That applies to both sides.
Potentially, but not as much as you seem to think
The problem is those responses are actually reasonably true. In a noisy data set like yearly temperatures, we expect there to be periods of slow temperature growth and periods of fast temperature growth due to short term variability so "that's not climate, that's weather" is true, 30 year averages are generally used to minimize year-to-year variability that can drown out the long term trend. We have had a confluence of natural factors working together to slow the surface air temperature growth over that period. Perhaps more importantly it's important to look at more than just the air temperature since the atmosphere only contains a small fraction of the heat content the earth can store.
That's a northern hemisphere temperature reconstruction, so it only covers half the world, and one of the authors of that paper, F. C. Ljungqvist, doesn't agree with your analysis:
Since AD 1990, though, average temperatures in the extra-tropical Northern Hemisphere exceed those of any other warm decades the last two millennia, even the peak of the Medieval Warm Period”
But then there are those on the same side who will mention a 20-100 year period because it suits their argument.
Potentially, but those are periods that are long enough to cancel out year-to-year variability, though, I can't actually remember seeing anyone use a period that was longer than 30 years. Maybe it's not that the period suits the argument but that when you look at periods longer than 20 years, the evidence strongly supports one side in this debate? If that's the case, then the people who look at and accept the evidence have little choice but to end up on the same side of this debate?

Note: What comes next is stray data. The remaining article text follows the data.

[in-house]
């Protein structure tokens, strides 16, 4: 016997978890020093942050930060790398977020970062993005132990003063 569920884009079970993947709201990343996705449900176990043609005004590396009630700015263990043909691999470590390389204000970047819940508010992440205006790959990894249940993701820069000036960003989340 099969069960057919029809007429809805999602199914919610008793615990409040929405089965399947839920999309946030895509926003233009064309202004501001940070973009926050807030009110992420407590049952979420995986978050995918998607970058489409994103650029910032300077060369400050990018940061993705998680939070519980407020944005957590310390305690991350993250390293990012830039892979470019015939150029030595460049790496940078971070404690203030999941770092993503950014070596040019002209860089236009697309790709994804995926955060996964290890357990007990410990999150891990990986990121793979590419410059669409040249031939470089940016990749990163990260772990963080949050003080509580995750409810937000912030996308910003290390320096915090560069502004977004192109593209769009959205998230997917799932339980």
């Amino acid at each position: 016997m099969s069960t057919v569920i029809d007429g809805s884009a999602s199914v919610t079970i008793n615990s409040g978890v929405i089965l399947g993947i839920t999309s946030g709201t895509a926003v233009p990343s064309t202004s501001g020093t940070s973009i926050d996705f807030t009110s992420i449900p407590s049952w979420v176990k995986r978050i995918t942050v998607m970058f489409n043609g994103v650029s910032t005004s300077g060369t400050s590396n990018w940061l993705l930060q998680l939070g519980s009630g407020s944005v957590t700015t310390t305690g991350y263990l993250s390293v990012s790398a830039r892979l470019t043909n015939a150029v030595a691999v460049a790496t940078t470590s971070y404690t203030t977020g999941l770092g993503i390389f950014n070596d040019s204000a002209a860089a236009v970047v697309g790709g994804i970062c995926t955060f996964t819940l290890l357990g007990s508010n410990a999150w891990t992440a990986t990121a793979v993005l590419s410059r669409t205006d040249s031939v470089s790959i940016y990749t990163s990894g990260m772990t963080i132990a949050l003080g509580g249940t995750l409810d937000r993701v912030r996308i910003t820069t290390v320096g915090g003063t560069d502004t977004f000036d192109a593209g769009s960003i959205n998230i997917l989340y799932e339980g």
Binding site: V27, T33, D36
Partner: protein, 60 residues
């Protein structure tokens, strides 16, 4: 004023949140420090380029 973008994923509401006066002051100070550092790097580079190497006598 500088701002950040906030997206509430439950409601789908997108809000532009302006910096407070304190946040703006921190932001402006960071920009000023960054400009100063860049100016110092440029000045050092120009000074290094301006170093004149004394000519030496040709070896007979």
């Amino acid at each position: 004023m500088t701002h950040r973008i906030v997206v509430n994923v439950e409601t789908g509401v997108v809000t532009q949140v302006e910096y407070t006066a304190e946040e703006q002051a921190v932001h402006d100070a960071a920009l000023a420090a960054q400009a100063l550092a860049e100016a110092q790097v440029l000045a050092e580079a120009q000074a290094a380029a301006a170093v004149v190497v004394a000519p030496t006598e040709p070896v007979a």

Oh how I wish people would stop quoting skepticalscience as if a blog is a scientific resource.
Skeptical science says exactly would you did, and most of what they say is sourced against another blog(RealClimate.org) which was at least started by a pair of actual scientists, but is still itself not subject to peer review either and really does not belong in your exhibit of evidences. This is is what is WRONG with the whole 'debate'. Way too many folks believe themselves to be protecting and promoting the science while waving their hands at blogs and re-hashing the summaries from them. :(
One of the scientists that started RealClimate is Michael Mann, here is his latest article on historic temperatures. Mann is (in)famous for the hockey stick graph. In his latest work here he's gone a long ways to trying to improve upon his original paper and although he only graphs the NA trend(citing that the SA data is of much lower quality), it very clearly shows temperatures as measured by proxy records matched or exceeded todays temperatures on multiple occasions in the last 2k years. He tries to down play this, but the data speaks for itself. Mann even notes himself that However, in the case of the early calibration/late validation CPS reconstruction with the full screened network (Fig. 2A), we observed evidence for a systematic bias in the underestimation of recent warming. Which is to say that proxy records appear to not track the recent temperature increase so well, and might well have done the same in the past. More over, actual statisticians that have looked at Mann's methods and techniques noted the same and many other concerns around confidence in historic reconstructions. Look for yourself here. there was considerable discussion, including on on RealClimate in which you'll likely find the assessment agreeable. Mann basically declare himself the victor in the exchange on his blog.
That's why I think the actual science must trump blogging by scientists. The final response to Mann's rebuttal of the statistician's work includes the following gems. It's worth a read if you like seeing the academic equivalent of a smack down. Probably why Mann reverts to his blog there after.
They note Mann et al
make no attempt to grapple with standard errors
make absolutely no attempt to deal with uncertainties, either for a given draw of data from the simulation or across repeated draws of the simulation
That all is to summarize that the scientific literature shows that there is absolutely NOT compelling, irrefutable evidence that current temperatures are radical compared to the last 2000 years. Moreover, even Mann's own work shows it likely to have been matched in the last 1k years.